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A Search for High-Quality Businesses in Singapore’s Stock Market

Over the past few weeks, I have been comparing the return on invested capital (ROIC) of various companies in Singapore’s stock market.

The purpose of doing so is to find quality businesses. You see, the ROIC metric can be used to evaluate the quality of a business and I had explained how that’s done in a previous article. For convenience, I’ve reproduced the formula for the ROIC below:

ROIC table

The simple idea behind the ROIC is that a business that has a higher number for the metric requires less capital to generate a profit and is thus of a higher-quality. The reverse is true as well – a low ROIC would correspond to a low-quality business.

This is important for stock market investors to know because a stock’s business is often the driver of the stock’s price over the long-term.

So far, I have looked at the ROICs of eight companies, which include Singapore Exchange Limited (SGX: S68), Singapore Post Limited (SGX: S08), Singapore Telecommunications Limited (SGX: Z74), Sembcorp Marine Ltd (SGX: S51), Singapore Technologies Engineering Ltd (SGX: S63), Keppel Corporation Limited (SGX: BN4), Singapore Airlines Ltd  (SGX: C6L) and Sembcorp Industries Limited (SGX: U96).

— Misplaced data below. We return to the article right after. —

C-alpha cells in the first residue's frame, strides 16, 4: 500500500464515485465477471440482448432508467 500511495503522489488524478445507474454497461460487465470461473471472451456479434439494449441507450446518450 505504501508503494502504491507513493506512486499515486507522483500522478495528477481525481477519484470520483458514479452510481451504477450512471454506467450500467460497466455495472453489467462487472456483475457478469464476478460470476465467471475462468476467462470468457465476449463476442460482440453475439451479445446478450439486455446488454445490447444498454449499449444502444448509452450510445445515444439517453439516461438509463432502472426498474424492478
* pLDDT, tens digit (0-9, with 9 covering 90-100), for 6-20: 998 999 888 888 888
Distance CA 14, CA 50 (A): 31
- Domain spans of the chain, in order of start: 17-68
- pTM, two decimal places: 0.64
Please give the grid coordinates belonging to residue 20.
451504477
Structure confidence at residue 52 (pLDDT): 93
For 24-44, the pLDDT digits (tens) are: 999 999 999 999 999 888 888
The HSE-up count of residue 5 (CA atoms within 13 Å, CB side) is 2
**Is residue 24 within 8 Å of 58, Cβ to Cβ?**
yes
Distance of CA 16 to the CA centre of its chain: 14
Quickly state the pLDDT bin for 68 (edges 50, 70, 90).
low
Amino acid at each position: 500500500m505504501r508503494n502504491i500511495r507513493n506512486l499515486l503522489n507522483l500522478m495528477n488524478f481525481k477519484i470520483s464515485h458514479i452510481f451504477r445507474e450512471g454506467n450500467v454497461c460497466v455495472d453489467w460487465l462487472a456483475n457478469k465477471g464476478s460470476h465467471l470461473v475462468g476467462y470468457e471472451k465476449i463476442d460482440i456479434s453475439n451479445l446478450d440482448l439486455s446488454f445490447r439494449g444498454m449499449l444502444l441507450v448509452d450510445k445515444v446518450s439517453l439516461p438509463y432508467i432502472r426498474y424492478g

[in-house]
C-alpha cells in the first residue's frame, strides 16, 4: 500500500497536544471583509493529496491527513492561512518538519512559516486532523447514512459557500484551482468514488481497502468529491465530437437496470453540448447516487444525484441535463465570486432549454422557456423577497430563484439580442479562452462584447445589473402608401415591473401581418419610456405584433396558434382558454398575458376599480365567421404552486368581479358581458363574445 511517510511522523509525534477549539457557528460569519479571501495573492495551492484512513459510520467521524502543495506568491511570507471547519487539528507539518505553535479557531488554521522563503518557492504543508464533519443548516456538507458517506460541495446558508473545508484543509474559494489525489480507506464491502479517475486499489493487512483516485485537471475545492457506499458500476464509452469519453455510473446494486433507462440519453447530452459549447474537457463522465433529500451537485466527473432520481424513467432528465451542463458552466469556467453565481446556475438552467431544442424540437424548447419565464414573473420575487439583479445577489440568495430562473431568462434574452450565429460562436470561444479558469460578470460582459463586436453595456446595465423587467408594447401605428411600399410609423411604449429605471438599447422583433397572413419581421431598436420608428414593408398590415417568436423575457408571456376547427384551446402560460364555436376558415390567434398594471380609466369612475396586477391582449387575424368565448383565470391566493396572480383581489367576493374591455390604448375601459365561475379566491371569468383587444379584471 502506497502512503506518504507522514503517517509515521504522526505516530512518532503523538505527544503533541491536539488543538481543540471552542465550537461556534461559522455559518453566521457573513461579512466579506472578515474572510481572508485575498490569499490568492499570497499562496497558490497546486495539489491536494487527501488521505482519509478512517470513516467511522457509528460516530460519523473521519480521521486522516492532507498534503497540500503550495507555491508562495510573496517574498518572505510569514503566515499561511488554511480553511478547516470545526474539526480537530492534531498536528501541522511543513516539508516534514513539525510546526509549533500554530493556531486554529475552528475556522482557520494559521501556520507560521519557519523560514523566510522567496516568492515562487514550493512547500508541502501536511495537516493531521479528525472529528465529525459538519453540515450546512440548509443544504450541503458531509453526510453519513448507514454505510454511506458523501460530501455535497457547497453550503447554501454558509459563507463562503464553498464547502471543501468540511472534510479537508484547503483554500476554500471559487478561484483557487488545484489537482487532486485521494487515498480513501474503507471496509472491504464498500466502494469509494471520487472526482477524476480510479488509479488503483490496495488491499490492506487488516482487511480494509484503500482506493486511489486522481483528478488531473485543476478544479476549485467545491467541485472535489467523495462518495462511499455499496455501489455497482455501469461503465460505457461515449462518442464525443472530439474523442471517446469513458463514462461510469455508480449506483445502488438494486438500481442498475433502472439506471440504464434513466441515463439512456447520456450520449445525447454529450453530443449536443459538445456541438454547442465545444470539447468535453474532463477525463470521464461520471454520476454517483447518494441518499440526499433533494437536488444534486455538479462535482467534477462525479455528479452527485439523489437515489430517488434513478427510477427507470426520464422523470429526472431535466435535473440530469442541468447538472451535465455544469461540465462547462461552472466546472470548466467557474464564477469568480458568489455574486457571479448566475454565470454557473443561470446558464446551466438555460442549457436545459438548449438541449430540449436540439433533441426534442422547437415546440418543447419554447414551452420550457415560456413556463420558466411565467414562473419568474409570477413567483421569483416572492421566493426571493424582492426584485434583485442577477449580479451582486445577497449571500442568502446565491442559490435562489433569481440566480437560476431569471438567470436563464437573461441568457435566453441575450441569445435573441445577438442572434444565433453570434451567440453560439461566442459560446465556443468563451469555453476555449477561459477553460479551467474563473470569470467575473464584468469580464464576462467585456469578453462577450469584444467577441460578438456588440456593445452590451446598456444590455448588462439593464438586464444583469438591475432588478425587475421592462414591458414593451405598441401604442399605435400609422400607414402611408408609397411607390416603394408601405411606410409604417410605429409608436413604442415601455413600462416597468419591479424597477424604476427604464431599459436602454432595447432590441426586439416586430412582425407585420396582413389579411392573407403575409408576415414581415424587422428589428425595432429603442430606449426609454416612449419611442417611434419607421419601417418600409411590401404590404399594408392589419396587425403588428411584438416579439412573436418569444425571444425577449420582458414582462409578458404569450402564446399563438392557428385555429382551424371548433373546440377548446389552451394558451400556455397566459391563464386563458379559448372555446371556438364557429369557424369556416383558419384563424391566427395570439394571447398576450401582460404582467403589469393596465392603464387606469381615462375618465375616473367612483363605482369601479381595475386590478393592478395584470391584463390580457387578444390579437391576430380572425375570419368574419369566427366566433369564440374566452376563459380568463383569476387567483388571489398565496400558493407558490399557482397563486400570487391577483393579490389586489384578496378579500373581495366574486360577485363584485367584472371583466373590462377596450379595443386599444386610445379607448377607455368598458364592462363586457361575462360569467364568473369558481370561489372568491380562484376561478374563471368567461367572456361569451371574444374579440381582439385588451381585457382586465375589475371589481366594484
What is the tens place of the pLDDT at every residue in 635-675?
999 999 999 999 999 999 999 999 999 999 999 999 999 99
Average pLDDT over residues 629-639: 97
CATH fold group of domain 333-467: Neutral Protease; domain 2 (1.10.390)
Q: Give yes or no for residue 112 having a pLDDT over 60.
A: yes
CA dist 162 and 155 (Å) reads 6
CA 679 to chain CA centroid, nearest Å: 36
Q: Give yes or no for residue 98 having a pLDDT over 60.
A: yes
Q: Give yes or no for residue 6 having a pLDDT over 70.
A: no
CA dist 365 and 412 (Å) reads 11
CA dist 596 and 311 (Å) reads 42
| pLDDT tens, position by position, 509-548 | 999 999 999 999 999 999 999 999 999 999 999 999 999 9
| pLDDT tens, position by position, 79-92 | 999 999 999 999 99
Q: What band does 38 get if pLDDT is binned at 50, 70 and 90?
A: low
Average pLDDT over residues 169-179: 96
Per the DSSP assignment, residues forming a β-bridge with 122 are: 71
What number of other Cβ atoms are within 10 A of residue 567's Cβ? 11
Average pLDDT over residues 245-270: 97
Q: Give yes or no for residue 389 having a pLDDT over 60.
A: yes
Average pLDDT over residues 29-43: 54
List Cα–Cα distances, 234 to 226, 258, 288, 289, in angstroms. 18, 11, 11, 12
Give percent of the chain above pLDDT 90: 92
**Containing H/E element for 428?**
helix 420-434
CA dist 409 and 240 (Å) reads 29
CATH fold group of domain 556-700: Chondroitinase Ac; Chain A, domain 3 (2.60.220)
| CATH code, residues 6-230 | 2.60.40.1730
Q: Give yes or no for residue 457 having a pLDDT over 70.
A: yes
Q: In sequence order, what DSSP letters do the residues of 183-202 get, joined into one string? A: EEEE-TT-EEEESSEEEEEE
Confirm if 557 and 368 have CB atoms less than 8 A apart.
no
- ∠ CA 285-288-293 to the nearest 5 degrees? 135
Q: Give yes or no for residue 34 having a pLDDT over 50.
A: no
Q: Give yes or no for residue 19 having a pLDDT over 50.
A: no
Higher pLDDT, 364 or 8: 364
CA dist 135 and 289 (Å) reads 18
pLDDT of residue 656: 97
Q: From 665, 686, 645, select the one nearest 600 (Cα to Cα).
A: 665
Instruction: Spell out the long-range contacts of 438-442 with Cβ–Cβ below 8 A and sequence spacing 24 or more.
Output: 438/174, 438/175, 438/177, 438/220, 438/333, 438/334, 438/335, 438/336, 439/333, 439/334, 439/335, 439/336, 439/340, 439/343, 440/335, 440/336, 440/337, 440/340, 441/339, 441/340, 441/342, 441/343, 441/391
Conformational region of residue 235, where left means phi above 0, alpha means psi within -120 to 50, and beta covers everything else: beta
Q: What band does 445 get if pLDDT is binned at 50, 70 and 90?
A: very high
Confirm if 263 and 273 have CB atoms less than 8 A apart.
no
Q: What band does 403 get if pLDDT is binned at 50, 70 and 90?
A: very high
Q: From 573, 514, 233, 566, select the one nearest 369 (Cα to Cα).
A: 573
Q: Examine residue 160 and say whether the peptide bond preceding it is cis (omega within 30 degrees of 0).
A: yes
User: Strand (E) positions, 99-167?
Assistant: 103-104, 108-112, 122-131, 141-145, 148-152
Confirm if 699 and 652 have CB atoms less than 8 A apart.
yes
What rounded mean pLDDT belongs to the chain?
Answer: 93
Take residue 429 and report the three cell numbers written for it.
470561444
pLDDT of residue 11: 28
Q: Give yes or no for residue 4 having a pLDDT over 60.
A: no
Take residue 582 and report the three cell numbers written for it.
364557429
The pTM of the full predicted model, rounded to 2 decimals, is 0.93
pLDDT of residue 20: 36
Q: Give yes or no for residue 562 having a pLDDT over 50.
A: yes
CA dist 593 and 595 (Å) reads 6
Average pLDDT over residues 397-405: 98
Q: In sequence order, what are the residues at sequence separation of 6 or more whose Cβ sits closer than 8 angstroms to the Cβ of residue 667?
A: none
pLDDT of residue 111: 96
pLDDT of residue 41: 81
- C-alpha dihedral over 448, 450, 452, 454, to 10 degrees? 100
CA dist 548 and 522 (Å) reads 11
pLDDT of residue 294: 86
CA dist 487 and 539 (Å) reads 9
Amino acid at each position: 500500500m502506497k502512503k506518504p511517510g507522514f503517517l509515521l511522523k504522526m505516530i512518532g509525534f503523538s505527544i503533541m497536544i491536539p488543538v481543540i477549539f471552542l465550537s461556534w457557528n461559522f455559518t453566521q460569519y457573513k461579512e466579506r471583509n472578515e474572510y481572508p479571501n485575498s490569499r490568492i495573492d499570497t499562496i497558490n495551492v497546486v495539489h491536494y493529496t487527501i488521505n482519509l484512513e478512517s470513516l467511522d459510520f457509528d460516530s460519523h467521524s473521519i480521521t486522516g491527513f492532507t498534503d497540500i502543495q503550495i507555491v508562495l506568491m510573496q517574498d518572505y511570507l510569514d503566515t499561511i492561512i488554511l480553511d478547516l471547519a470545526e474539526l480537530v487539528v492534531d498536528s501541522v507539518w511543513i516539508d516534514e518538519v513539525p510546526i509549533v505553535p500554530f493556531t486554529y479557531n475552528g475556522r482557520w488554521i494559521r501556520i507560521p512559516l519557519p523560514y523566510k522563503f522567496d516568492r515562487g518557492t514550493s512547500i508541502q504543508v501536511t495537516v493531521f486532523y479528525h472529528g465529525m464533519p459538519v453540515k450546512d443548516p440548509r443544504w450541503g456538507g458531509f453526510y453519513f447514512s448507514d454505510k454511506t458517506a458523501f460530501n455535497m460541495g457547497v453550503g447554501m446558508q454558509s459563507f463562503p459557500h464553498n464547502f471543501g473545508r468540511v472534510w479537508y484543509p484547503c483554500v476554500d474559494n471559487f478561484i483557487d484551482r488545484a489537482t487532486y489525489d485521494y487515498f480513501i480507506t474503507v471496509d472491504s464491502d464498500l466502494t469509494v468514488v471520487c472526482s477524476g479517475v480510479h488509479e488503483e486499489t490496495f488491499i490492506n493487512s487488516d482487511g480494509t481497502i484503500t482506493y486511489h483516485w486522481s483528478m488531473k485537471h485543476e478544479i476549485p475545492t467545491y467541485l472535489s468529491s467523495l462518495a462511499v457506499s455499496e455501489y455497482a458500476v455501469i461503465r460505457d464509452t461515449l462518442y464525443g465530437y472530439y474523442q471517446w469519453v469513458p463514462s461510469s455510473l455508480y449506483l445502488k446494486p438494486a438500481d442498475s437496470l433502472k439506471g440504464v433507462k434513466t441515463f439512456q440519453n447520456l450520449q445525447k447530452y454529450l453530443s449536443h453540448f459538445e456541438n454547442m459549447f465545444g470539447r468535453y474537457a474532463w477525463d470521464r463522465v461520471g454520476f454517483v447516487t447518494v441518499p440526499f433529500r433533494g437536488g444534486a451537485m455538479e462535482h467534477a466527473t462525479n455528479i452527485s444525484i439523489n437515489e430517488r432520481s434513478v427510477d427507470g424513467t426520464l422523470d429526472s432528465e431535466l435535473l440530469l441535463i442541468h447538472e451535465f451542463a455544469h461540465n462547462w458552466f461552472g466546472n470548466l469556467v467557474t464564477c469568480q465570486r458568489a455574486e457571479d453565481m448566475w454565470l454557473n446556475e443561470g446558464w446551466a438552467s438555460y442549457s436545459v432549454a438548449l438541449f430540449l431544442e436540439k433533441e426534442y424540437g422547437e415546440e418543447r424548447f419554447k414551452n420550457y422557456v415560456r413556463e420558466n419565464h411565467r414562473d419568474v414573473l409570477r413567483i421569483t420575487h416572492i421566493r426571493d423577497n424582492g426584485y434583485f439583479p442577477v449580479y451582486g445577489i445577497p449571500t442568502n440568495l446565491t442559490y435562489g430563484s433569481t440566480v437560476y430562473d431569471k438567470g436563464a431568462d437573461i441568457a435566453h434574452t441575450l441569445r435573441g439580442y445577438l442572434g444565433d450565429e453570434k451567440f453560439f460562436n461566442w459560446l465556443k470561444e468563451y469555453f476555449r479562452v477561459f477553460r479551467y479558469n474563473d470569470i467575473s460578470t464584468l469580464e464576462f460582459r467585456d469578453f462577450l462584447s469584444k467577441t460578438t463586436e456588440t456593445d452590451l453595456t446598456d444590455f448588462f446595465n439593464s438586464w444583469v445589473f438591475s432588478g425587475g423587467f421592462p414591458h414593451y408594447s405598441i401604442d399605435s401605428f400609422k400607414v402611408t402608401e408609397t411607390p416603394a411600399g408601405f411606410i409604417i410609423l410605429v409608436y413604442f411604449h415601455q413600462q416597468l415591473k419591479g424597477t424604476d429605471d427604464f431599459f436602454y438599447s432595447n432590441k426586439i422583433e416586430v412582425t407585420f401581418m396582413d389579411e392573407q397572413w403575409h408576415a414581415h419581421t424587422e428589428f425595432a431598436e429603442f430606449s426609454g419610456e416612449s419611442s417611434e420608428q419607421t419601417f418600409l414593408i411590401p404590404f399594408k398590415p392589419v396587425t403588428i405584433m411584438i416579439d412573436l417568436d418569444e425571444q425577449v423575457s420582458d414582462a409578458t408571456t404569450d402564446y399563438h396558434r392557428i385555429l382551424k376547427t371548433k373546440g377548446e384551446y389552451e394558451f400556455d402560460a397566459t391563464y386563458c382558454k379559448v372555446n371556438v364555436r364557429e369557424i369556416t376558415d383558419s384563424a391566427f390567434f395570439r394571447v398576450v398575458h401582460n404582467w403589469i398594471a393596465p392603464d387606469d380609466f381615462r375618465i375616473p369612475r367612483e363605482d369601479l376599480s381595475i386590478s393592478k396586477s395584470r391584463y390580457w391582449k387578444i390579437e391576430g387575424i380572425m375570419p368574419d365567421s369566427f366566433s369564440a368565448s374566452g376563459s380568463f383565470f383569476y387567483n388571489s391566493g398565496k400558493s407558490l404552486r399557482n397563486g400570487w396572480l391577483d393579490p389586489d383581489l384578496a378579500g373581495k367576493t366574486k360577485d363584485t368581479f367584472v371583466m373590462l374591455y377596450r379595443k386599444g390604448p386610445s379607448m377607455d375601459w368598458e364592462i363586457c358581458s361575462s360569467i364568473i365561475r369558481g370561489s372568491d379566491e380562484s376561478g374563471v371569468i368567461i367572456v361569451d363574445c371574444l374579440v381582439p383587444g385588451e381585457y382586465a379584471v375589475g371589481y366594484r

Here’s how they stack up based on my past articles (you can see them herehere, here, here, here, and here):

ROIC table for SGX, SingPost, Singtel, SembMarine, ST Engineering, Kep Corp, SIA, Sembcorp Industries
Source: S&P Global Market Intelligence

In here, it’s obvious to see that Singapore Exchange is the clear leader with its unusually high ROIC. The company can produce such a high return because there is no real need for tangible capital to run its business.

As I continue to compile the ROICs of other companies and compare them with what I already have, I’d slowly be able to develop a mental database of companies that are likely to have quality businesses.

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The information provided is for general information purposes only and is not intended to be personalised investment or financial advice. Motley Fool Singapore contributor Lawrence Nga doesn’t own shares in any companies mentioned.